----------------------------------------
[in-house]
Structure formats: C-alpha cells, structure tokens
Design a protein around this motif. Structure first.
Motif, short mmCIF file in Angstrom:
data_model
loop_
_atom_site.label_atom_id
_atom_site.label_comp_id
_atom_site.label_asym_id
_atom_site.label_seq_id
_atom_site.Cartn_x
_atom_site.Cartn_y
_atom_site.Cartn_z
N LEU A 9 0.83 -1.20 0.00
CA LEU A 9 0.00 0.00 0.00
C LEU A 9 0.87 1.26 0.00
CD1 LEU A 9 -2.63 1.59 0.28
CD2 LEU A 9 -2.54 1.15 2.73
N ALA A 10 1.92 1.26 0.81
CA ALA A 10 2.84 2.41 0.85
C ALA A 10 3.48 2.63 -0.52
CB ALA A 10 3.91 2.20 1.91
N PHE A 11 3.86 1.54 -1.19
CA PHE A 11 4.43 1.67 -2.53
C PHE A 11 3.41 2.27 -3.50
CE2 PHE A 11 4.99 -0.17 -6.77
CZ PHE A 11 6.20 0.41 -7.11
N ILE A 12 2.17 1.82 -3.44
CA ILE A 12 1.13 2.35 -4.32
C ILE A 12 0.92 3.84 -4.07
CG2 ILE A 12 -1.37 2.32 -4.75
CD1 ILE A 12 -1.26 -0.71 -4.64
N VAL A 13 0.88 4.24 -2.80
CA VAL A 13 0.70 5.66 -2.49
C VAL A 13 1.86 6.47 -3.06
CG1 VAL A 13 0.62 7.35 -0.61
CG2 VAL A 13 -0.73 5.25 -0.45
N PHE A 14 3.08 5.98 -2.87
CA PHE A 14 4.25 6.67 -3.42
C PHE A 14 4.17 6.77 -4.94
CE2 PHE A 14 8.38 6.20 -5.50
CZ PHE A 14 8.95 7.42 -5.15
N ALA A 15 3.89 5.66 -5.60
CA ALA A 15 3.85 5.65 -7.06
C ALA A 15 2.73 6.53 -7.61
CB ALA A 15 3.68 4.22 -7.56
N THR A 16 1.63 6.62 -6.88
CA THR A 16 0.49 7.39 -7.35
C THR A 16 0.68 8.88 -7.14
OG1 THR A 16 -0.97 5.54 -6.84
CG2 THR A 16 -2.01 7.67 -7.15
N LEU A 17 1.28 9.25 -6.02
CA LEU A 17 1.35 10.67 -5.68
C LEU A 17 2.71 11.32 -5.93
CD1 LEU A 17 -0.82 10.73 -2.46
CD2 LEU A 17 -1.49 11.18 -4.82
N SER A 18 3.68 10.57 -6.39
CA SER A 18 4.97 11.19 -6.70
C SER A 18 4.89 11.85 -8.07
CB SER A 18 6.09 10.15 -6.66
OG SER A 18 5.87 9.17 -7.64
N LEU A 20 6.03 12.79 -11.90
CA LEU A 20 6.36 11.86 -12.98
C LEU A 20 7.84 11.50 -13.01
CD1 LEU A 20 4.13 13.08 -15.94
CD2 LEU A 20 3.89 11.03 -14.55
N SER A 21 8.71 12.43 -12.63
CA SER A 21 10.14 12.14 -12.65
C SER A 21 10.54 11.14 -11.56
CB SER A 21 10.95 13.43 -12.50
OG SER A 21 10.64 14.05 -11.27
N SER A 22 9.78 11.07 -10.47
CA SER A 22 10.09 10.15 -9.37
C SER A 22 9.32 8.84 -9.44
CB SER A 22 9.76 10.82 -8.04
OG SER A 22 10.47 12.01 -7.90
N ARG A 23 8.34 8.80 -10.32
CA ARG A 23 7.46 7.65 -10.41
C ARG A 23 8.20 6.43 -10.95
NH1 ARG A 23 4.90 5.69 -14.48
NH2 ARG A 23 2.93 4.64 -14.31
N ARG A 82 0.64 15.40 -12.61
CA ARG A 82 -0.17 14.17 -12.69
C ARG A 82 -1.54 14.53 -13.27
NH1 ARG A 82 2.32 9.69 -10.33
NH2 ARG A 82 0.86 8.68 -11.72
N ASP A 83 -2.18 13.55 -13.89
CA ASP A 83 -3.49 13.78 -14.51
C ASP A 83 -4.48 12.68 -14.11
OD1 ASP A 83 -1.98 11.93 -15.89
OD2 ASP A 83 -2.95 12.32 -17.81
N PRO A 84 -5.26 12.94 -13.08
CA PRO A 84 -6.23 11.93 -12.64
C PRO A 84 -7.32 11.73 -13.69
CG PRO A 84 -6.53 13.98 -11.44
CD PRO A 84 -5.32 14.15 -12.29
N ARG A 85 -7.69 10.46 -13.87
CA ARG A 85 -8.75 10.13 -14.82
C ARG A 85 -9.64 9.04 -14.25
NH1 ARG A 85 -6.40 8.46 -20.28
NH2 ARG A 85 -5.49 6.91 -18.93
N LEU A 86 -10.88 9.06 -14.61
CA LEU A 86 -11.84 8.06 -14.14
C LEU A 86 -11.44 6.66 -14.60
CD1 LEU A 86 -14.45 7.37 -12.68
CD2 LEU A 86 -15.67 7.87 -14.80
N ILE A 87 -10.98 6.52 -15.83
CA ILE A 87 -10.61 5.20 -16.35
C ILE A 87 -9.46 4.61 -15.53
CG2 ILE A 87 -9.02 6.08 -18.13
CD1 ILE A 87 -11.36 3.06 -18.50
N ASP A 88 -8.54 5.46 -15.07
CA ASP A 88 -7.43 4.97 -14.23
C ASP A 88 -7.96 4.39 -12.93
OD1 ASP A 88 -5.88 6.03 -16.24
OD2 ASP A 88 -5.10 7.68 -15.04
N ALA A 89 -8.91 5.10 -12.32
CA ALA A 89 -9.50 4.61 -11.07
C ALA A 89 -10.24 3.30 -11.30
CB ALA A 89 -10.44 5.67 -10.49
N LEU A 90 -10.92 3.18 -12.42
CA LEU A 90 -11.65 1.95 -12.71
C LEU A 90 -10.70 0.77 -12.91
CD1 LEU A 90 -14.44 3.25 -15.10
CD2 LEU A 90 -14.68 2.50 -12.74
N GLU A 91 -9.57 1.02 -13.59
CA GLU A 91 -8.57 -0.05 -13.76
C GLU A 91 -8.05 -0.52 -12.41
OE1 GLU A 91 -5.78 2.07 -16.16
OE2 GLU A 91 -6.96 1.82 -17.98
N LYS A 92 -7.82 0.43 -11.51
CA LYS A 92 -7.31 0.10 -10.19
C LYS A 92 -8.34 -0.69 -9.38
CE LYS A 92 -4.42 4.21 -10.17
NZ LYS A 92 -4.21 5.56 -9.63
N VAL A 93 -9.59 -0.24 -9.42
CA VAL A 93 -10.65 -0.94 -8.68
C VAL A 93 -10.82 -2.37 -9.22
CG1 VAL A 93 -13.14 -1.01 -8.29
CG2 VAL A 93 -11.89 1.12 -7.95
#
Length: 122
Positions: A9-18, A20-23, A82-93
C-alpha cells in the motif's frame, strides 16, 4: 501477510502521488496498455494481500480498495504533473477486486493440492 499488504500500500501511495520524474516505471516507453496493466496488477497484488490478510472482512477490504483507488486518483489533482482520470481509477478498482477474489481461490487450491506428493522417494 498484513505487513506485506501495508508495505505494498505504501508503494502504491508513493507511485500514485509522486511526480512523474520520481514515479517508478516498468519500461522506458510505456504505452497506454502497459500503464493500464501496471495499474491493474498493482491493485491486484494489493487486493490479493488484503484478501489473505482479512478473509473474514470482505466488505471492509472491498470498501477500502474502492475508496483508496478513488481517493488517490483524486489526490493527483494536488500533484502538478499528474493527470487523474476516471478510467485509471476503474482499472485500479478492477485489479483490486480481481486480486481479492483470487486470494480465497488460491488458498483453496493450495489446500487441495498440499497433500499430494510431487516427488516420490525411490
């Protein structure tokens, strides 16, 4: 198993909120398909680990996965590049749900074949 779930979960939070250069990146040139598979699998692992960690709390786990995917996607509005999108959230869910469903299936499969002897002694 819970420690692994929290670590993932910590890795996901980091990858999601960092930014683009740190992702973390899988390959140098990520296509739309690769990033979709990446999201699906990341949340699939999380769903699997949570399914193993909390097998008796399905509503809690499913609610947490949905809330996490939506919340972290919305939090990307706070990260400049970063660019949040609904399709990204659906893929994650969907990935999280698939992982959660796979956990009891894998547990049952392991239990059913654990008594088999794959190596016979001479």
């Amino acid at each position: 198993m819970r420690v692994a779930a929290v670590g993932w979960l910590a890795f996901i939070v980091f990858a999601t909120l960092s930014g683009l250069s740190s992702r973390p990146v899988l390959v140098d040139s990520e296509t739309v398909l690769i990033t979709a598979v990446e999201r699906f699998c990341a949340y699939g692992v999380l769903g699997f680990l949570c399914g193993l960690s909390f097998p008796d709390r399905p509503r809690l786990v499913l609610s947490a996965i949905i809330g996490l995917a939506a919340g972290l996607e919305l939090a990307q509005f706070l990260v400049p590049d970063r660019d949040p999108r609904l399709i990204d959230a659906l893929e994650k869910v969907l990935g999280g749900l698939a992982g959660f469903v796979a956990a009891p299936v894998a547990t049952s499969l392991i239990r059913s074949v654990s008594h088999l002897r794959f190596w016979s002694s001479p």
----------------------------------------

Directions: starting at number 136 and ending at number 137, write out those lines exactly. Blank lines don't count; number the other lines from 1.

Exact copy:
N VAL A 93 -9.59 -0.24 -9.42
CA VAL A 93 -10.65 -0.94 -8.68